In all cases, the overall need, and interactions between needs, will be taken into account, together with evidence from risk assessments, in deciding whether NHS continuing healthcare should be provided.

    When you say the care element are you talking about payment towards access to a registered nurse? So your gran is currently in a nursing home rather than a residential home?

    As to your question is it legal to force her into home? The answer is 'no' but is this what happened?

    Does anyone have power of attorney for her? Did she agree to move to the nursing home?

    With all due respect, why do you appear to have a problem with her being in a nursing home? Is it not suitable? Do you believe she could manage at home?

    If you could give answers of your concerns then someone might be able to suggest things.
    • shammygirl
    • By shammygirl 16th Apr 18, 10:46 AM
    • 7 Posts
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    shammygirl
    • #3
    • 16th Apr 18, 10:46 AM
    • #3
    • 16th Apr 18, 10:46 AM
    Thanks for the reply

    i know the criteria for the CHC assessment, my Gran was given 1 severe, 3 High, 3 Moderate and i believe some low's. Sorry i don't have the assessment to hand as my sister has all of the documentation.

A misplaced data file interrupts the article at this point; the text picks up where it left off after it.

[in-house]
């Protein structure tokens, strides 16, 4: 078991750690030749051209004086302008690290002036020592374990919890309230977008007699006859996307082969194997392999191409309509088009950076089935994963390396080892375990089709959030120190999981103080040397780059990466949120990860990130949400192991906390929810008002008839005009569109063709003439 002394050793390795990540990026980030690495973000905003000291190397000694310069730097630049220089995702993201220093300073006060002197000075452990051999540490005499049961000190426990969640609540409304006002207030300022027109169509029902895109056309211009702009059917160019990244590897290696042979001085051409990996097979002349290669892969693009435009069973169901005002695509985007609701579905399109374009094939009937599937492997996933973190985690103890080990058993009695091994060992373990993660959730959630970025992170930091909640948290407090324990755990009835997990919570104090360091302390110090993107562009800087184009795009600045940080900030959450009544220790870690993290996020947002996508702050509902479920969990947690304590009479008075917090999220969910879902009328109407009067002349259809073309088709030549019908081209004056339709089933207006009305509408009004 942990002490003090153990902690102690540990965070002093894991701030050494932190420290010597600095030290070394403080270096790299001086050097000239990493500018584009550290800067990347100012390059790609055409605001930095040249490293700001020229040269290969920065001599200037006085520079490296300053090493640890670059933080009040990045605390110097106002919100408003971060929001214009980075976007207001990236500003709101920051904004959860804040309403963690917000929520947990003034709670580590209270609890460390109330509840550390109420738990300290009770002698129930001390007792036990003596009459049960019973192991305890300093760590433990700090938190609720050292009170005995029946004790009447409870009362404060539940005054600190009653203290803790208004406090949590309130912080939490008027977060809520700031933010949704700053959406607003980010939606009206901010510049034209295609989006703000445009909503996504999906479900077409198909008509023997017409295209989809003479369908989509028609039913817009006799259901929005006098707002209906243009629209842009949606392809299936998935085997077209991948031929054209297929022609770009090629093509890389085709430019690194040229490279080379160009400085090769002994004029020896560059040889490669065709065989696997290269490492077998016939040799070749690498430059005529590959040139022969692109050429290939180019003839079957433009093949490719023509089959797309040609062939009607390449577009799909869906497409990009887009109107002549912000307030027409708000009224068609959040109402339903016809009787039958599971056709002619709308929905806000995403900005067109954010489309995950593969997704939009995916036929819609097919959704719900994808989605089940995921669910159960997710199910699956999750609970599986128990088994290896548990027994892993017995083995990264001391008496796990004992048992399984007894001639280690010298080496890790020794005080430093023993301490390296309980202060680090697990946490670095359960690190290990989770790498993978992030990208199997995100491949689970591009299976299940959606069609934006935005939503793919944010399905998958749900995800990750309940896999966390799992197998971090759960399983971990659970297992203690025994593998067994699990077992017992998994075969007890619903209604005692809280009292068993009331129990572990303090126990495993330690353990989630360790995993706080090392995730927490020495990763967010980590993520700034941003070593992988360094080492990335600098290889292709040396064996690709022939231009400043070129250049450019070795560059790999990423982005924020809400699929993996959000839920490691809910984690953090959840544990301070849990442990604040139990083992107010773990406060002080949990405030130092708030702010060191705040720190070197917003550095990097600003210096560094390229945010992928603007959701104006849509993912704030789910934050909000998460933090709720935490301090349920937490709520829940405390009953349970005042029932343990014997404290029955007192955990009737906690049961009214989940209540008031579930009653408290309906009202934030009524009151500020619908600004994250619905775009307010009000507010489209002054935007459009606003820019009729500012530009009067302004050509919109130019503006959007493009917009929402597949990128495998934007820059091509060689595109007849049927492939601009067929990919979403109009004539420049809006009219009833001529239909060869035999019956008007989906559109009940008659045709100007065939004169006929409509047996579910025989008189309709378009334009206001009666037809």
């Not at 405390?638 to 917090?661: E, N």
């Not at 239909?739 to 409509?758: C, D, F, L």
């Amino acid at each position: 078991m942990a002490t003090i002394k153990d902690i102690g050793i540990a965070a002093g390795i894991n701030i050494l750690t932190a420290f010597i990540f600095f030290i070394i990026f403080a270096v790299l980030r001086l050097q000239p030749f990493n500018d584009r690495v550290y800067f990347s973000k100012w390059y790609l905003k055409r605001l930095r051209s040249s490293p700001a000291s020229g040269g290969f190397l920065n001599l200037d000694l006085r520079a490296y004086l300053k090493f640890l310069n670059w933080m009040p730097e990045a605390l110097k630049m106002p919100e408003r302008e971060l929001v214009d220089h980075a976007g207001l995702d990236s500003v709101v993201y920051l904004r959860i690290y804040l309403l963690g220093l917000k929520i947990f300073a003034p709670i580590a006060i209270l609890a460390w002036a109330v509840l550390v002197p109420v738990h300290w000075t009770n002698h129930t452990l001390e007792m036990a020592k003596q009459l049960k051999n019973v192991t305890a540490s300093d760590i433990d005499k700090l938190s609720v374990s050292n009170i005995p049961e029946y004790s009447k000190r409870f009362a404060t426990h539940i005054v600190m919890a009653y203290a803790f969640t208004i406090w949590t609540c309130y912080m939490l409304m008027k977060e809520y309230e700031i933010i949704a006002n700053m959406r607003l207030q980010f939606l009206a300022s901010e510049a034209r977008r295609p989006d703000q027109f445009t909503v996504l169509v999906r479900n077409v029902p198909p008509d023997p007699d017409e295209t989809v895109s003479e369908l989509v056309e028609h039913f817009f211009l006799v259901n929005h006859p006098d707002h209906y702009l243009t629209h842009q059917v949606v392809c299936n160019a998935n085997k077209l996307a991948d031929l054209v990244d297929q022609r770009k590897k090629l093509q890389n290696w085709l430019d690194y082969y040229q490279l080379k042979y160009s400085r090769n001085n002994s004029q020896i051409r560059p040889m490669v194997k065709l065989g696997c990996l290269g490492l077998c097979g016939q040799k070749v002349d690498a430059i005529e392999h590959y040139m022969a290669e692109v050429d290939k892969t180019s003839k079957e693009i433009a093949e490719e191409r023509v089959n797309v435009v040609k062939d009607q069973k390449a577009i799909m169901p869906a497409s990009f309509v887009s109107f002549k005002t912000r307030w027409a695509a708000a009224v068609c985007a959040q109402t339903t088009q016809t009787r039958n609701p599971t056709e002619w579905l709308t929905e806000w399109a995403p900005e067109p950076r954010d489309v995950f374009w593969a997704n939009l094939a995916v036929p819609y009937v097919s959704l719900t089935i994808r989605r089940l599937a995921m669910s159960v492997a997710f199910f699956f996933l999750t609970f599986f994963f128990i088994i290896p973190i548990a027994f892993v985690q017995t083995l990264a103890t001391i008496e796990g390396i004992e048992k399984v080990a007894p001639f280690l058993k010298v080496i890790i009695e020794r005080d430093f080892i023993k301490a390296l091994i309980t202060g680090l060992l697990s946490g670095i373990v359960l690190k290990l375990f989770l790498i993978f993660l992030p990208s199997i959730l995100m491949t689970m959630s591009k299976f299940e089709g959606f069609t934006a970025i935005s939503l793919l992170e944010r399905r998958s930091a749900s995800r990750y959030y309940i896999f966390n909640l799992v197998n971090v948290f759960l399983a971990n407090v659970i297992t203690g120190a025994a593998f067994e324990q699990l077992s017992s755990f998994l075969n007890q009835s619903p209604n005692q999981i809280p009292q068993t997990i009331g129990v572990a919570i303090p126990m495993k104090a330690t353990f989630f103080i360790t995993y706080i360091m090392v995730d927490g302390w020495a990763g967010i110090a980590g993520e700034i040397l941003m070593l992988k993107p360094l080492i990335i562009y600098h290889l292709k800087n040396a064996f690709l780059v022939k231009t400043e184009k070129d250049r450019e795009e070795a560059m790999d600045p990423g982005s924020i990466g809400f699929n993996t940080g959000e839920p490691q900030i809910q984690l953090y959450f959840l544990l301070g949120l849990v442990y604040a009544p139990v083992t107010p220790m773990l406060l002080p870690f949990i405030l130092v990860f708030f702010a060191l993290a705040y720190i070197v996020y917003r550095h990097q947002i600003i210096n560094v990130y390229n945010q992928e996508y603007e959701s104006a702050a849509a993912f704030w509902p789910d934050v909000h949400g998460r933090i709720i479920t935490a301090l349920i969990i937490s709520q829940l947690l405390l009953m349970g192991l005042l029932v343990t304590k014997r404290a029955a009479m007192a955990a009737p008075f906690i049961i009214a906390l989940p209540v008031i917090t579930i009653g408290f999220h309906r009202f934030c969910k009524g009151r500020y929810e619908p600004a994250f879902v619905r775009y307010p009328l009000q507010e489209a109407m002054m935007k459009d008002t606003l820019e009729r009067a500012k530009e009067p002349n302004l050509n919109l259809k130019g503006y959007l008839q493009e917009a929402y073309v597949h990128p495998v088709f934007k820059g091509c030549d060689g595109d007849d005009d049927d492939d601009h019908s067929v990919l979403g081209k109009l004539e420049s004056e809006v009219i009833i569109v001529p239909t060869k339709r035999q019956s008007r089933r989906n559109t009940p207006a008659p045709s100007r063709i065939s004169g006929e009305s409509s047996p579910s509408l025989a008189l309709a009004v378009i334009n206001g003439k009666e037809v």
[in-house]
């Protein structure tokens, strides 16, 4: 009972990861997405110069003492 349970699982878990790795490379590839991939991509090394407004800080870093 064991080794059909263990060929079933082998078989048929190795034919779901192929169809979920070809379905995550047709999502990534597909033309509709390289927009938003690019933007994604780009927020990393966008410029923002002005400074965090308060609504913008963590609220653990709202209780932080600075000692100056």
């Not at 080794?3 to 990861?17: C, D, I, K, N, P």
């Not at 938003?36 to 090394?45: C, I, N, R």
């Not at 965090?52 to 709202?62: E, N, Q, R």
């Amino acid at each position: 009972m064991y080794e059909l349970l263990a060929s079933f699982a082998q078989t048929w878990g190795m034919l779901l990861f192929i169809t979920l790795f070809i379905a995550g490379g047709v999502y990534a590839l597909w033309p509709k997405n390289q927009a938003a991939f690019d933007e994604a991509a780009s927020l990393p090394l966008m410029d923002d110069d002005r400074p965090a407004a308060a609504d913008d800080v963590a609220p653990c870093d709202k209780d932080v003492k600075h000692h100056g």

When you say the care element are you talking about payment towards access to a registered nurse? So your gran is currently in a nursing home rather than a residential home?
    My gran is in a Nursing home

    As mentioned my gran was in hospital, on exiting hospital it was deemed necessary to move to a nursing home. At this point the CHC assessment would be completed although i believe one was completed when she was in hospital too.

    Does anyone have power of attorney for her? Did she agree to move to the nursing home?
    My mother, sister and I all have enduring power of attorney. My gran is in no position to make decisions for herself. She was being assessed in her own home before her fall with regards to dementia which has escalated fairly quickly.

    As to your question is it legal to force her into home? The answer is 'no' but is this what happened?
    with regards to forcing her into a home, as she/we have been told there is no alternative then in my mind yes she has been forced as she/we have been told she can not return home

    With all due respect, why do you appear to have a problem with her being in a nursing home? Is it not suitable? Do you believe she could manage at home?
    we do not have a problem with her being in a nursing home. the problem i have is that she/we have been told she can not return to her own home but must pay the 710 p/w(less 155 NHS funding). She doesn't have enough issues to warrant full funding but has too many issues to be able to be cared for in her own home and must pay for the nursing home herself.

    If we have to pay for her nursing home by selling her house then we will, it just feels almost like she is being held to ransom because she/we have been given no alternative
    • pmlindyloo
    • By pmlindyloo 16th Apr 18, 11:06 AM
    • 12,063 Posts
    • 13,901 Thanks
    pmlindyloo
    • #4
    • 16th Apr 18, 11:06 AM
    • #4